Not having a green thumb isn't the worst thing in the world, but when you're cursed with the inability to keep plants alive and the desire to turn your home into an Instagram-worthy plant paradise, things can get pretty frustrating. It's one thing to be a good plant parent to a few succulents here and there (and even those can be a challenge!), but it's another to keep a majestic tree like the fiddle leaf fig alive and thriving. And it doesn't help when you constantly see happy, healthy plants practically in droves on influencers' Instagrams, taunting you with their perfect, lush leaves, leaving you ... ahem ... green with envy. (Sorry, had to.)
The good news is, even if it feels impossible, even if you struggle with the easiest, most low-maintenance plants out there, you can keep a fiddle leaf fig alive. You just need to know what you're doing, but once you do, it'll be fine. Take a deep breath, grab your watering can, and get ready to learn.
Watering Your Fiddle Leaf Fig
The first thing you need to remember about fiddle leaf figs? Don't overwater them. Seriously. It might seem counterintuitive to water a plant less, but in this case, it's important. According to Greenery NYC, fiddle leaf figs need to dry out a little in between waterings, and you shouldn't water them more than once a week. Basically, fiddle leaf figs should only be watered when the top inch or two of their soil is dry — you may not be able to tell this from looking at it, but a quick way to tell is to stick your finger in and see if it feels dry or not. If it feels damp, skip the water for now and check again later.
You can also tell when a fiddle leaf fig is thirsty by looking at its leaves — if they're droopy or floppy, that's usually a sign that they're in need of some hydration. Brown leaves, however, usually signal overwatering. If that happens, give your tree a chance to dry out for a bit before you water it again.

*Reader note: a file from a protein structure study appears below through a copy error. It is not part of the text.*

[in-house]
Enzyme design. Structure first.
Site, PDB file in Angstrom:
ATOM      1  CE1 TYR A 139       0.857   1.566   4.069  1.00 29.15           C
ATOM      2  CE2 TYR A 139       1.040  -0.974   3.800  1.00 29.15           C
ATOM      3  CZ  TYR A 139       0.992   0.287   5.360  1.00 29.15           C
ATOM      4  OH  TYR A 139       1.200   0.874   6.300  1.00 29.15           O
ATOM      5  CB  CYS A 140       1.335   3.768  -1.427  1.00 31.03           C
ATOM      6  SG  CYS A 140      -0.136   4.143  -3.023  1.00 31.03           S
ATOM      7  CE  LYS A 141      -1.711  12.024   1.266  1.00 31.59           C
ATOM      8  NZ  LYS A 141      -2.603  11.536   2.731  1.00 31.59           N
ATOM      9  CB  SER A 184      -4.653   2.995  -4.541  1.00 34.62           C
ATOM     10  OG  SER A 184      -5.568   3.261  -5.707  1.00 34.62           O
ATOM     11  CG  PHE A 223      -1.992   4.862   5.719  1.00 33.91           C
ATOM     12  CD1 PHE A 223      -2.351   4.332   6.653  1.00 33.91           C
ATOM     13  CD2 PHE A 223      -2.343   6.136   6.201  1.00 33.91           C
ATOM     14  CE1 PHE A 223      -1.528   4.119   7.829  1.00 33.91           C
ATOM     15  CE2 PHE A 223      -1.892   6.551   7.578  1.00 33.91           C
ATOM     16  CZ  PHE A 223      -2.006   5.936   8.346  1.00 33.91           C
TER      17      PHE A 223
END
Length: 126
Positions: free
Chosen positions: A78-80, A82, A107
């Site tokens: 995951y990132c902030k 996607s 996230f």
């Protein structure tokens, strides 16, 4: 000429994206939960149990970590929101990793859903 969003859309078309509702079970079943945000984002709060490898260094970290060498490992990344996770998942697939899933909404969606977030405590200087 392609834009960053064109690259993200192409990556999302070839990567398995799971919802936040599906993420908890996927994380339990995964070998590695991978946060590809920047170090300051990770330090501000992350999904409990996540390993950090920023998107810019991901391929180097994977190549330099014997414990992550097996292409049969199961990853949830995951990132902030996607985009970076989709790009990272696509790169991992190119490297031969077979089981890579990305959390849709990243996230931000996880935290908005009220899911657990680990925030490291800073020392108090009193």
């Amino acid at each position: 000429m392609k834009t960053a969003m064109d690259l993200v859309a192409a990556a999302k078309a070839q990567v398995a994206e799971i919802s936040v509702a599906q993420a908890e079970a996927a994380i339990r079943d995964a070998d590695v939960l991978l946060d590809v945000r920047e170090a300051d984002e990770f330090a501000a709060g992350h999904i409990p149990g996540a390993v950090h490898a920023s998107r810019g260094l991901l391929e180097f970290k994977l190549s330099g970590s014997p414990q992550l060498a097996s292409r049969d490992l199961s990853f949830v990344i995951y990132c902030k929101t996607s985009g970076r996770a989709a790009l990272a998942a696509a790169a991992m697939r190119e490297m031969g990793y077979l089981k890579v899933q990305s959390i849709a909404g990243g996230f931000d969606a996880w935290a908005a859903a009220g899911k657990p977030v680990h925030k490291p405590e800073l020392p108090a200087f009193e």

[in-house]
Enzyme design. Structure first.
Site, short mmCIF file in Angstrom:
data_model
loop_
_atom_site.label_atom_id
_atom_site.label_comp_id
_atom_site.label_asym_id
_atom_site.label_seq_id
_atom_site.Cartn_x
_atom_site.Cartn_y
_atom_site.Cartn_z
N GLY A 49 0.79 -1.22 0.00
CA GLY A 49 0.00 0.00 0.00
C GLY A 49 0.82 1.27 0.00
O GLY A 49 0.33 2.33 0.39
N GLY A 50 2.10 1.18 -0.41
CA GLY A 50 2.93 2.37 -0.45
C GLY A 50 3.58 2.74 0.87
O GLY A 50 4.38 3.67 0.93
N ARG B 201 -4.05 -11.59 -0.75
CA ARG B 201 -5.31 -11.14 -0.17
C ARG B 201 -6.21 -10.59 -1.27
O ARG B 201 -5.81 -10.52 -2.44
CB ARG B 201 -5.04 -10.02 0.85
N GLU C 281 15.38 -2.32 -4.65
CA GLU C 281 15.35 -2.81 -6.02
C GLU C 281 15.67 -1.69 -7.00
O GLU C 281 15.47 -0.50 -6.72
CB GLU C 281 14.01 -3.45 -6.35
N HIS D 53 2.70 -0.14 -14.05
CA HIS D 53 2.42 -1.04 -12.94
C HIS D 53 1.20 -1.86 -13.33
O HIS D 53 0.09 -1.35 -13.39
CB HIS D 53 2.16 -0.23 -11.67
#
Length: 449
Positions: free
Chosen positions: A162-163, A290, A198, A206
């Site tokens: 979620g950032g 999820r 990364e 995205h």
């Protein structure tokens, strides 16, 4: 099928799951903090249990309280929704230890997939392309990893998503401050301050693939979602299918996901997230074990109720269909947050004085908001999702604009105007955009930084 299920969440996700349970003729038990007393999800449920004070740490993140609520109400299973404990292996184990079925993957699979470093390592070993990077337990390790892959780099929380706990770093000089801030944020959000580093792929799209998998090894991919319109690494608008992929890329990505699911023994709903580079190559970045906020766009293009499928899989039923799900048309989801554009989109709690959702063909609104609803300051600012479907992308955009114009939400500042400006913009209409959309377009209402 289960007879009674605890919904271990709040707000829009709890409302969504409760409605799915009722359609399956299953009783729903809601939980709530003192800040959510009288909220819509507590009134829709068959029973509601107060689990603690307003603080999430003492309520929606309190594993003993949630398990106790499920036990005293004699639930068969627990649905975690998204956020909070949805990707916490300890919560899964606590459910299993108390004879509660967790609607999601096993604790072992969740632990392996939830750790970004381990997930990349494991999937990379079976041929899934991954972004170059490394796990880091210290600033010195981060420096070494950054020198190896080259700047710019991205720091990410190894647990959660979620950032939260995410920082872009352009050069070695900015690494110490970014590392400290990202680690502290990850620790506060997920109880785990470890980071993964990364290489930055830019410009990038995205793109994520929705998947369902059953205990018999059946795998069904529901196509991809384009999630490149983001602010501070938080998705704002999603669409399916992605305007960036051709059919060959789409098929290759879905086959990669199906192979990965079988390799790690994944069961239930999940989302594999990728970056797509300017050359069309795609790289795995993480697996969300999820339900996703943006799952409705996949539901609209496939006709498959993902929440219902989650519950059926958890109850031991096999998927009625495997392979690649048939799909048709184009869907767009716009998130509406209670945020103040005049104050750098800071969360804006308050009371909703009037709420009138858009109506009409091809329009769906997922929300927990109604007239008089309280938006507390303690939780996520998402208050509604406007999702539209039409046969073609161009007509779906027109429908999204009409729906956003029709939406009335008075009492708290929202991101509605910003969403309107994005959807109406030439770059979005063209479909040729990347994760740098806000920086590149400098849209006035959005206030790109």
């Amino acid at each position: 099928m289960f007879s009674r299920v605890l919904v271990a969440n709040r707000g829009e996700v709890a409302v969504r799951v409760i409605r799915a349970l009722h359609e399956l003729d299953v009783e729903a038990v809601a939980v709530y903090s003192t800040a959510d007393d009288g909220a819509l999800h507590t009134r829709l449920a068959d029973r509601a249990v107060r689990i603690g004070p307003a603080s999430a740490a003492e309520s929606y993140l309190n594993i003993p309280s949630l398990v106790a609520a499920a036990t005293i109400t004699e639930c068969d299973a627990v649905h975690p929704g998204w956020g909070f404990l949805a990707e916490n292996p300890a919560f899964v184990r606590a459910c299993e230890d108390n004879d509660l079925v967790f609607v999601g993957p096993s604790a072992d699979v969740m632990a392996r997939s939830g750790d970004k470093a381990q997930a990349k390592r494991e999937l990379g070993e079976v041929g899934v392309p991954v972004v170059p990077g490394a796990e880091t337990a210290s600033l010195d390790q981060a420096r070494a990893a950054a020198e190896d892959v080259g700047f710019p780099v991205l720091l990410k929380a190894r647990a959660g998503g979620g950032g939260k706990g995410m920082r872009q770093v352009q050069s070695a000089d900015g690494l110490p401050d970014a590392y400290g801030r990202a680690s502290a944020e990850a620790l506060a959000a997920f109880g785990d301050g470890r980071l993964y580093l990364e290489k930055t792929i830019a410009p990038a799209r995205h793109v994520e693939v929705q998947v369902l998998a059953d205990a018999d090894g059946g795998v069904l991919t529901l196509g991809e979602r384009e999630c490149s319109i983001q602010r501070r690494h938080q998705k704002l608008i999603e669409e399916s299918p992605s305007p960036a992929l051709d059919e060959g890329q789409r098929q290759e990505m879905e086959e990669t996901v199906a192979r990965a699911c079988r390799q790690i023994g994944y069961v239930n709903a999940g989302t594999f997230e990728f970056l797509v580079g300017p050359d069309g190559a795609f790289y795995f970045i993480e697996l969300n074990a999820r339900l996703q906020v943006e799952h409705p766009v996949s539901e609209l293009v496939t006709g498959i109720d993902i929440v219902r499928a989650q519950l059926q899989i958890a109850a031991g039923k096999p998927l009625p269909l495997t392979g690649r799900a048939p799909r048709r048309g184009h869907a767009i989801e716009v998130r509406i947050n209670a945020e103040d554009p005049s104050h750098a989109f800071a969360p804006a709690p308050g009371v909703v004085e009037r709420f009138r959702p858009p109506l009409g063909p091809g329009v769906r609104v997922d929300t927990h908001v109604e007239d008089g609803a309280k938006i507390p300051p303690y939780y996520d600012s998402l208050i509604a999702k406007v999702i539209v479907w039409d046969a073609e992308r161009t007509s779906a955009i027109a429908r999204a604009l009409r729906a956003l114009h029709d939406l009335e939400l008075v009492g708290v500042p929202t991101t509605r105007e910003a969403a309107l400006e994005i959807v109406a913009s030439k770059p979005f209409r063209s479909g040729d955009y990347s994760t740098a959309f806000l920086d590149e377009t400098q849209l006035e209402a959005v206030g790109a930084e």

Providing the Right Amount of Sunlight
You want your fiddle leaf fig to thrive, so that means putting it in just the right spot in your home. Somewhere that's not windy or drafty (so away from air vents!), that gets sunlight but doesn't totally bake in the sun, and on top of that, some humidity won't hurt. If you're not sure if a particular spot in your home is ideal for a fiddle leaf fig to live its best life, Greenery NYC has a light-measuring guide that can help.
Another pro tip? Don't move your fiddle leaf fig tree, but rotate it often. Since fiddle leaf figs tend to grow toward sunlight, rotating your planter once a month can help your plant grow more evenly and keep it from bending on different sides.
Keeping Your Fiddle Leaf Fig Clean and Fertilized
Plants have a tendency to collect dust, but that dust can get in the way of their ability to absorb sunlight, so it's important to keep their leaves clean. There are a few ways you can do this — The Decor Fix recommends lightly dusting them as needed, then following it up by misting them with water from a spray bottle. On top of that, Greenery NYC also suggests rinsing your fiddle leaf fig's leaves in the shower every three months, which not only cleans the leaves but also fully rehydrates the soil.
Speaking of soil, expect to repot your fiddle leaf fig tree annually — Room For Tuesday has a helpful guide, if you're unsure of how to do it. And according to The Spruce, you should only fertilize your fiddle leaf fig during the growing season. And as The Decor Fix points out, you can also add some plant vitamins to your tree's soil, just for an extra boost.
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Beyond that, how you try to break your not-so-green thumb curse is up to you. Some people like to talk to their plants, some like to sing to them or play music for them, and some even name their plants (I'm one of those people and I'm not afraid to admit it. And for the record, my newest little succulent friend, Harry Styles, is thriving, thank you very much!)
Now, all that's left is for you to be the best tree caretaker you can be. Happy plant parenting — you got this!
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